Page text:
Ivory Coast urg­ing change: co­coa is prof­itable, but rice feeds the hun­gry


Ver­dant rice pad­dies stretch as far as the eye can see around Ag­boville, the heart of a drive for food self-suf­fi­ciency in Ivory Coast, bet­ter known as the world’s top pro­ducer of co­coa — for ex­port.

Less than an hour north of the eco­nomic cap­i­tal Abid­jan, thou­sands of croak­ing frogs ac­com­pany the Ag­boville rice farm­ers who pro­duce some 600 tonnes a year.

They have an ad­van­tage over the bulk of the coun­try’s rice grow­ers — a decades­old dam that guar­an­tees wa­ter for ir­ri­ga­tion.

“Eighty-five per­cent of Ivo­rian rice still re­lies on rain,” says Ya­couba Dem­bele, head of the Na­tional Of­fice of Rice Grow­ing De­vel­op­ment, urg­ing greater in­vest­ment in wa­ter man­age­ment.

He is bat­tling to get Ivo­rian farm­ers to grow food crops rather than the more prof­itable co­coa and cashews for ex­port they fa­vor, even though the fer­tile west African coun­try is strug­gling to feed a grow­ing pop­u­la­tion.

Last year, Ivory Coast had to im­port 900,000 tonnes of rice to sat­isfy do­mes­tic de­mand, even af­ter a record harvest of 1.34 mil­lion tonnes.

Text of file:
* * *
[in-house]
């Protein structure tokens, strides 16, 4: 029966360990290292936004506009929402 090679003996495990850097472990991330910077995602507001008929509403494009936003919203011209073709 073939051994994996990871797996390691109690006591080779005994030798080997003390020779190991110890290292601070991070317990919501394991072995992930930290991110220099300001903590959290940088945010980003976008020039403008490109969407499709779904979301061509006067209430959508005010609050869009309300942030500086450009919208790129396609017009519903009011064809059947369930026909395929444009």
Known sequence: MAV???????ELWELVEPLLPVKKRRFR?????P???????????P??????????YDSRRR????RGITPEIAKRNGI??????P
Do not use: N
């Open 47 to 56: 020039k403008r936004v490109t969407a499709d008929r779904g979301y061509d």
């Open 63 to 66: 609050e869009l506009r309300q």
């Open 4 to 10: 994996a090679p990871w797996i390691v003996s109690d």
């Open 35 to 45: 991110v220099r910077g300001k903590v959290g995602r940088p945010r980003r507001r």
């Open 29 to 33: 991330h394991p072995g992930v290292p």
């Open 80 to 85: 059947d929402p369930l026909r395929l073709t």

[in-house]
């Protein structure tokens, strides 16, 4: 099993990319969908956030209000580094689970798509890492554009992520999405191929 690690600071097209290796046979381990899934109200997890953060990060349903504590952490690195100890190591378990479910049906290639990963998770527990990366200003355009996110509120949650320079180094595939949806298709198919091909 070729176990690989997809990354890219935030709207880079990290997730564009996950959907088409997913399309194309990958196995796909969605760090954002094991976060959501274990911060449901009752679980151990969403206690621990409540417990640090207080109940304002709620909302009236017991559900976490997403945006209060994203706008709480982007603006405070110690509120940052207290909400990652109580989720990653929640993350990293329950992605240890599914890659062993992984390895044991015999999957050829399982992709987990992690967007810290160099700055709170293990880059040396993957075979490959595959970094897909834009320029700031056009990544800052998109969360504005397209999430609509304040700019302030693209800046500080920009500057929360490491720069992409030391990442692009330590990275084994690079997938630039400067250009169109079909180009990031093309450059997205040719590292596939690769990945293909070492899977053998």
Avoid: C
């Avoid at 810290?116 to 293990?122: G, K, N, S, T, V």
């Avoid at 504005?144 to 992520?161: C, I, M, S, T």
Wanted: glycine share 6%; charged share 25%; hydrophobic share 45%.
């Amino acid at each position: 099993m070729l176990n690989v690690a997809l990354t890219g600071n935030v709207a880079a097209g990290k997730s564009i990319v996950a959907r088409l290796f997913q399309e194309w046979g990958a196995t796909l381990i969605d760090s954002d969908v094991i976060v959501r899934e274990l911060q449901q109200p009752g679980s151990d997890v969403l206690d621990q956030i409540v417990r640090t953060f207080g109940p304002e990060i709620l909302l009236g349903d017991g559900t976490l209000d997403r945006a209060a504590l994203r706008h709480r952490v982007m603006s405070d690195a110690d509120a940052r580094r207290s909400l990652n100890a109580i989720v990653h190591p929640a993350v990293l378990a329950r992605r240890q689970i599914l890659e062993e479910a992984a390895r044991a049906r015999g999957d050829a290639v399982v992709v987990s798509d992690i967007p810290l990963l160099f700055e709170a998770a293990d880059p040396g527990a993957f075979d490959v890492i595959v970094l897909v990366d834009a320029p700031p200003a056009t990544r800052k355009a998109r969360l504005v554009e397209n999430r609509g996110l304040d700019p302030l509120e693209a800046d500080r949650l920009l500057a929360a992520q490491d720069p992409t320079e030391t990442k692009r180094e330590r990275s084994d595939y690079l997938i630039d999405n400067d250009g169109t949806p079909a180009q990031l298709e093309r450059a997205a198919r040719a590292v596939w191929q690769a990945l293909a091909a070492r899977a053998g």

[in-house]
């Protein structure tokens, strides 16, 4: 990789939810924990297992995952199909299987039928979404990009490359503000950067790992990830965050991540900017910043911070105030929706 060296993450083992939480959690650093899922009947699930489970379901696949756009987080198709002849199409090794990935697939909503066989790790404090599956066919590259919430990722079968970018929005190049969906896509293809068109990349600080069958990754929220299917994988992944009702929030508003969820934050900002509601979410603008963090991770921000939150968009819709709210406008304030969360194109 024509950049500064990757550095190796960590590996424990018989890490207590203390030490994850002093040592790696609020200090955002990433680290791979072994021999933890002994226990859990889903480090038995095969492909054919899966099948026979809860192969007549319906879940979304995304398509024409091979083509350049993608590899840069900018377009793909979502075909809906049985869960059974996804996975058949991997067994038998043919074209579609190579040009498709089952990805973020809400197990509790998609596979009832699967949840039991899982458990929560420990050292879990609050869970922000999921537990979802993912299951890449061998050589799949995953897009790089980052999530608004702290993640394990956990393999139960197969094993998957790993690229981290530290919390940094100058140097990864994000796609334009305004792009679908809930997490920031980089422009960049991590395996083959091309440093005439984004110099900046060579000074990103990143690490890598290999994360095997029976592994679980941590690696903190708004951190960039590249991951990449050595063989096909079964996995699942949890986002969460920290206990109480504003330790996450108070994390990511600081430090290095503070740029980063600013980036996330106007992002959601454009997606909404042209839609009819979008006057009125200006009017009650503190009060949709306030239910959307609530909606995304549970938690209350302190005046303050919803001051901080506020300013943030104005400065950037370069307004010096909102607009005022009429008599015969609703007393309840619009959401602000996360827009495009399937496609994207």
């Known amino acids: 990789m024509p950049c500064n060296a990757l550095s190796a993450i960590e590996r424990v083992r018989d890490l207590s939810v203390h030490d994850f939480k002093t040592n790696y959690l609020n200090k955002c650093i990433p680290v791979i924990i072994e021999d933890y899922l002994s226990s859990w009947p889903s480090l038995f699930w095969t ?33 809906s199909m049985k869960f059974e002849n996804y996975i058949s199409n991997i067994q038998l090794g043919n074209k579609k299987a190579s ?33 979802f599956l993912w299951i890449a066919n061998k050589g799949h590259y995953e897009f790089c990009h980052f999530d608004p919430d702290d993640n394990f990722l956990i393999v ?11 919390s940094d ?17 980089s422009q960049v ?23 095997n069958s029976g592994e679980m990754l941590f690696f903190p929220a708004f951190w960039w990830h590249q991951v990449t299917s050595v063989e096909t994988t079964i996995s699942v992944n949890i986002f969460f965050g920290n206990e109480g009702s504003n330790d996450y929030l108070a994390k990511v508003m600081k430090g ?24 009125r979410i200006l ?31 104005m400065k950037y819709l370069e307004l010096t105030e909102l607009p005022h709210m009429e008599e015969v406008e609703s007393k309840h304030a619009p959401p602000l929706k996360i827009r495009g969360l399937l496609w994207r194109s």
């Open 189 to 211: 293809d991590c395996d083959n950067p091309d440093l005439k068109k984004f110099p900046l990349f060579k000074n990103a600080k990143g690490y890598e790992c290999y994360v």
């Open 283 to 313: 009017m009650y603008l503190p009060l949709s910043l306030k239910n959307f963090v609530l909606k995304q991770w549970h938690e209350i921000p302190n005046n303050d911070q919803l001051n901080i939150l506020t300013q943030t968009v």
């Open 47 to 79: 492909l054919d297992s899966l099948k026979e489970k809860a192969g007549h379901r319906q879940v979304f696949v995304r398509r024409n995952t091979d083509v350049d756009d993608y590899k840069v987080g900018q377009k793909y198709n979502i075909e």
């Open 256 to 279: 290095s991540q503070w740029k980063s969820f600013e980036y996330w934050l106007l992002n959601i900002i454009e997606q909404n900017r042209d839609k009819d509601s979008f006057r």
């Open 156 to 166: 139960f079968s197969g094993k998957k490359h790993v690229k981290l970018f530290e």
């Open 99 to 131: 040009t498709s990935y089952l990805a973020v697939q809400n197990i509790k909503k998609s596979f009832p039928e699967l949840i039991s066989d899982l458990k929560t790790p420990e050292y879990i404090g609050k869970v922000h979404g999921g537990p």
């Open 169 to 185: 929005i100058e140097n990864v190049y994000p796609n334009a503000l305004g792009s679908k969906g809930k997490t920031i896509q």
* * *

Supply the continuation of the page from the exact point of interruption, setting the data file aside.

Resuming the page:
“Grow­ers have let them­selves be lured by profit, aban­don­ing sus­te­nance crops,” laments Jean-Bap­tiste Koffi, pres­i­dent of the Fed­eral Union of Ivory Coast Con­sumers.

“They’ve be­come in­volved in spec­u­la­tive (crops) like co­coa and more re­cently rub­ber, even as peo­ple are dy­ing of hunger and get­ting only one meal a day,” he says.

Co­coa alone ac­counts for more than half of Ivory Coast’s ex­port in­come, while it is also the world’s sec­ond-largest pro­ducer of cashew nuts.

The high cost of im­ported food has stoked anger, es­pe­cially at a time when the econ­omy of the for­mer French colony is boom­ing, with an­nual GDP growth reach­ing nine per­cent since a decade of un­rest ended in 2011.

The gov­ern­ment wants to at­tain “rice self-suf­fi­ciency” by next year af­ter learn­ing from ri­ots in 2008 sparked by sky­high prices for rice, milk, meat and fish — all im­ported with du­ties ex­ceed­ing 50 per­cent.

The drive is a con­stant re­frain for Pres­i­dent Alas­sane Ou­at­tara as he cam­paigns for re-elec­tion in Oc­to­ber, along with a call for the coun­try to join the ranks of emerg­ing na­tions by 2020.

‘Nat­u­rally bet­ter’

But do­mes­tic rice is prov­ing a hard sell, no­tably be­cause it is more ex­pen­sive than im­ports of the grain and also be­cause it is not as white as its for­eign ri­vals.

Pop­u­lar for­mer soc­cer player Di­dier Otokore, now a civil so­ci­ety ac­tivist, says Ivo­rian rice is “nat­u­rally bet­ter” and does not con­tain the preser­va­tives that im­ports do.

Newspapers in English

Newspapers from Taiwan

© PressReader. All rights reserved.